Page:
Wilkins Santiago – 61% of the voting
2nd Place: Hasan Young – 10% of the voting (101 votes)
3rd Place: Omar Douglas – 10% of the voting (100 votes)
Rounding up the voting for GFL.tv’s “Boxing Prospect of the Year” are: (4th tie) Louis Cruz & Damon Allen Jr with 3%, (5th tie) Derrick Webster, Louis Rose, Khalib Whitmore, Brandon Brewer, Ivan Redkach, & Patrick Day with 2%, and (6th) Lamar Russ with 1% of the voting.
“MMA Reporter of the Year”
Breanna Armstrong – 34% of the voting
2nd Place: Skippy Cohen – 17% of the voting
3rd Place: Steph Daniels – 14% of the voting
Rounding up the voting for GFL.tv’s “MMA Reporter of the Year” are: (4th) Brent Brookhouse with 10%, (5th) Ariel Helwani with 7%, (6th) Chris Gregory with 4%, (7th) Ben Fowlkes with 3%, (8th tie) Mike Fagan & Matthew Roth with 2%, (9th tie) Mike Sloan, John Morgan, Gareth Davies, Jordan Breen & Trevor Ducek with 1%.
“MMA Website of the Year”
MMAMadHouse.com – 31% of the voting
2nd Place: BloodyElbow.com – 22% of the voting
3rd Place: MMAJunkie.com – 11% of the voting (131 votes)
Rounding up the voting for GFL.tv’s “MMA Website of the Year” are: (4th) Sherdo.com with 11% (125 votes), (5th) Middleeasy.com with 6%, (6th) BJPenn.com with 5%, (7th) MMAMania.com with 4%, (8th) MMAWeekly.com with 3%, (9th tie) MMA_Topics.net, CagePotato.com, & MMANews.com with 2%, and (10th tie) MMAtorch.com, MMATKO.com, & 5thRound.com all with 1% of the voting.
“Boxing Reporter of the Year”
Percy Crawford – 50% of the voting
2nd Place: Elie Seckbach – 6% of the voting
3rd Place: Dan Rafael – 5% of the voting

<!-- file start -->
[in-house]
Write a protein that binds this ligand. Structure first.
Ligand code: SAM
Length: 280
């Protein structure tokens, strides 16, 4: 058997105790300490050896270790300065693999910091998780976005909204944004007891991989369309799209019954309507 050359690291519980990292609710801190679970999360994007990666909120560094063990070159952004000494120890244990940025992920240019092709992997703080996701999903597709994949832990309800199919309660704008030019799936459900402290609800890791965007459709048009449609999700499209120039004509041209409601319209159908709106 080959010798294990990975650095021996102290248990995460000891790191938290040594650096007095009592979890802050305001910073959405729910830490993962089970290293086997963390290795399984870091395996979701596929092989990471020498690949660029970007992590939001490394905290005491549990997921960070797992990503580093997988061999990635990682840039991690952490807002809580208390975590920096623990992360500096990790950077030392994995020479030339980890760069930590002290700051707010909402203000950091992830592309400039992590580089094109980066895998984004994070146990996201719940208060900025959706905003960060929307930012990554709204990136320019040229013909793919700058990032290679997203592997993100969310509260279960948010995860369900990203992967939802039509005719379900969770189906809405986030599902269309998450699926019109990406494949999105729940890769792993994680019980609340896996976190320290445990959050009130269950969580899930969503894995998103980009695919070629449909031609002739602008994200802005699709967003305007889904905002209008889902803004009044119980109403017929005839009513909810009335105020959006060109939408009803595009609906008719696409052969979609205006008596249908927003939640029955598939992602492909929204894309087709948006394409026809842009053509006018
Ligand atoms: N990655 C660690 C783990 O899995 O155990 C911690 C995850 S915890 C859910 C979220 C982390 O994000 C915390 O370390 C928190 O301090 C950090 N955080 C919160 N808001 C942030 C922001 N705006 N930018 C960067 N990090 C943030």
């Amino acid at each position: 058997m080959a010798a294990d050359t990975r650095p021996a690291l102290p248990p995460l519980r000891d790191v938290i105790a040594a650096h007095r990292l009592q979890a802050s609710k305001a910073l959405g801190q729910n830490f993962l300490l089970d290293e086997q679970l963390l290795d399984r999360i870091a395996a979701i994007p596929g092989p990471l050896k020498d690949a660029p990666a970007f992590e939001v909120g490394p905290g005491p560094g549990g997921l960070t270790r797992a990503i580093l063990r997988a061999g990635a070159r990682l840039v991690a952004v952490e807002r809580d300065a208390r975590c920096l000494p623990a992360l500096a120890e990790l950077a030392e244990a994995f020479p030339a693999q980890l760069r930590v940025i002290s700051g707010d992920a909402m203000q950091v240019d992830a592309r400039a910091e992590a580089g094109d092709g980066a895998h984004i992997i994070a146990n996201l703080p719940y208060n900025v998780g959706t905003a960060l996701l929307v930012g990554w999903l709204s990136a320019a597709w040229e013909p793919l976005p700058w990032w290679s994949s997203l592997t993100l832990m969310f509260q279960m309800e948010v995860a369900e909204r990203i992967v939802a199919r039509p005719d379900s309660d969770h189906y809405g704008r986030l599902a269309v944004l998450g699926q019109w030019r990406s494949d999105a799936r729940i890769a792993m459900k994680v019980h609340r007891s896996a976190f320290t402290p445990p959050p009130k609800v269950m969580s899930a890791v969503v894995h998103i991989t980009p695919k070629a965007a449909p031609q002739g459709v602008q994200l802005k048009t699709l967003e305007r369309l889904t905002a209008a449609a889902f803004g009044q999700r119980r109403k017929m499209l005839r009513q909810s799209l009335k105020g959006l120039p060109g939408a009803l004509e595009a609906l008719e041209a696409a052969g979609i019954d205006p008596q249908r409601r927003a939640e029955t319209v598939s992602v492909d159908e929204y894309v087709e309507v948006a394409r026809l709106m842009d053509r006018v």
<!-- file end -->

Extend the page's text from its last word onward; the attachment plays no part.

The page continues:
Rounding up the voting for GFL.tv’s “Boxing Reporter of the Year” are: (4th tie) Kugan Cassius, Chris Robinson, Gabe Montoya, Jenna J, & Luis Sandoval with 4%, (5th tie) Steve Kim, Doug Fischer, Paul Mango, Benny Henderson Jr all with 3%, (6th) Ryan Burton with 2% and (7th) Ernest Gabion with 1% of the voting.
“Boxing Website of the Year”
RingNews24.com – 28% of the voting
2nd Place: FightHype.com – 22% of the voting
3rd Place: BadLeftHook.com – 15% of the voting
Rounding up the voting for GFL.tv’s “Boxing Website of the Year” are: (4th tie) Boxingscene.com & Fightnews.com with 7%, (5th) WorldBoxingNews.net with 5%, (6th) RingTV.com with 4%, (7th) Queensberry-Rules.com with 3%, (8th tie) Eastsideboxing.com, Maxboxing.com & ThaBoxingVoice.com with 2%, and (9th tie) Boxingsocialist.com, Fightersrated.com, and Boxingpulse.com with 1% of the voting.
G-Unit recording artist Prodigy (Mobb Deep), Tony Yayo & more to perform at “Big Apple Boxing” LIVE WORLDWIDE at 7pm EST on GFL.tv!
Tonight at the “Big Apple Boxing” card LIVE around the WORLD on GFL.tv the following artists are going to perform:
Joel Diaz Jr is back on 50 Cent’s “Big Apple Boxing” LIVE around the WORLD on GFL.tv at 7pm EST TONIGHT!!